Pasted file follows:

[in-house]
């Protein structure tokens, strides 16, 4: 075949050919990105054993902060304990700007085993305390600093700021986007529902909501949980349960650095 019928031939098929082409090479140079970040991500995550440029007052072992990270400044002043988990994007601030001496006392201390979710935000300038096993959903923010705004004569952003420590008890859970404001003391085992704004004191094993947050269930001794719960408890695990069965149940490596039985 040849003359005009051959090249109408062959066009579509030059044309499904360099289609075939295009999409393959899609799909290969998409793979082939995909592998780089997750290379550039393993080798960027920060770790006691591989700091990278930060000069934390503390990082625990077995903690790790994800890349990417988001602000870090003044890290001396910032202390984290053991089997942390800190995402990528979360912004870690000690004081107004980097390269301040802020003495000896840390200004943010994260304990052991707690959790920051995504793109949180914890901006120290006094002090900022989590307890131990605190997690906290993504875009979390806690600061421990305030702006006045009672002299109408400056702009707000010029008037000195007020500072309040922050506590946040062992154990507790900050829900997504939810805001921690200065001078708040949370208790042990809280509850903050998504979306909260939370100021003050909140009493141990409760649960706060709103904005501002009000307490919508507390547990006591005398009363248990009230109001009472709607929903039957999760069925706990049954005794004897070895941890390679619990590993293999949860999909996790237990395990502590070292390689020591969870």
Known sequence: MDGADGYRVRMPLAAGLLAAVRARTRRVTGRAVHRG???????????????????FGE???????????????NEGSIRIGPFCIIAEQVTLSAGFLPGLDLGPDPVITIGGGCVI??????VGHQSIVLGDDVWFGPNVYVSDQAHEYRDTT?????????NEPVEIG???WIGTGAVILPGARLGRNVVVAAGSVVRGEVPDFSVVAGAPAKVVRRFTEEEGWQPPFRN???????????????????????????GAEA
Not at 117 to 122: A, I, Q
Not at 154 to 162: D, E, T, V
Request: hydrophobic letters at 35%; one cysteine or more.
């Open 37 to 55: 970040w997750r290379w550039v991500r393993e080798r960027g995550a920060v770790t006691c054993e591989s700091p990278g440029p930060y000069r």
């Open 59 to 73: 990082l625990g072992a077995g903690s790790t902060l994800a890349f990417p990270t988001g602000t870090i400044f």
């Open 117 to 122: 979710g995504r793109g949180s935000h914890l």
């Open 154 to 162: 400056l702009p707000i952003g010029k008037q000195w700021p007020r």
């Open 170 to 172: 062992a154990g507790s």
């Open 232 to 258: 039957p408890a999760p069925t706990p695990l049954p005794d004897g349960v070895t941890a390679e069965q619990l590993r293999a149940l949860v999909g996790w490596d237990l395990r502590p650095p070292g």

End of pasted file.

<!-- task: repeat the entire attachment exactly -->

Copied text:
[in-house]
């Protein structure tokens, strides 16, 4: 075949050919990105054993902060304990700007085993305390600093700021986007529902909501949980349960650095 019928031939098929082409090479140079970040991500995550440029007052072992990270400044002043988990994007601030001496006392201390979710935000300038096993959903923010705004004569952003420590008890859970404001003391085992704004004191094993947050269930001794719960408890695990069965149940490596039985 040849003359005009051959090249109408062959066009579509030059044309499904360099289609075939295009999409393959899609799909290969998409793979082939995909592998780089997750290379550039393993080798960027920060770790006691591989700091990278930060000069934390503390990082625990077995903690790790994800890349990417988001602000870090003044890290001396910032202390984290053991089997942390800190995402990528979360912004870690000690004081107004980097390269301040802020003495000896840390200004943010994260304990052991707690959790920051995504793109949180914890901006120290006094002090900022989590307890131990605190997690906290993504875009979390806690600061421990305030702006006045009672002299109408400056702009707000010029008037000195007020500072309040922050506590946040062992154990507790900050829900997504939810805001921690200065001078708040949370208790042990809280509850903050998504979306909260939370100021003050909140009493141990409760649960706060709103904005501002009000307490919508507390547990006591005398009363248990009230109001009472709607929903039957999760069925706990049954005794004897070895941890390679619990590993293999949860999909996790237990395990502590070292390689020591969870």
Known sequence: MDGADGYRVRMPLAAGLLAAVRARTRRVTGRAVHRG???????????????????FGE???????????????NEGSIRIGPFCIIAEQVTLSAGFLPGLDLGPDPVITIGGGCVI??????VGHQSIVLGDDVWFGPNVYVSDQAHEYRDTT?????????NEPVEIG???WIGTGAVILPGARLGRNVVVAAGSVVRGEVPDFSVVAGAPAKVVRRFTEEEGWQPPFRN???????????????????????????GAEA
Not at 117 to 122: A, I, Q
Not at 154 to 162: D, E, T, V
Request: hydrophobic letters at 35%; one cysteine or more.
């Open 37 to 55: 970040w997750r290379w550039v991500r393993e080798r960027g995550a920060v770790t006691c054993e591989s700091p990278g440029p930060y000069r």
């Open 59 to 73: 990082l625990g072992a077995g903690s790790t902060l994800a890349f990417p990270t988001g602000t870090i400044f």
């Open 117 to 122: 979710g995504r793109g949180s935000h914890l």
């Open 154 to 162: 400056l702009p707000i952003g010029k008037q000195w700021p007020r």
């Open 170 to 172: 062992a154990g507790s």
């Open 232 to 258: 039957p408890a999760p069925t706990p695990l049954p005794d004897g349960v070895t941890a390679e069965q619990l590993r293999a149940l949860v999909g996790w490596d237990l395990r502590p650095p070292g």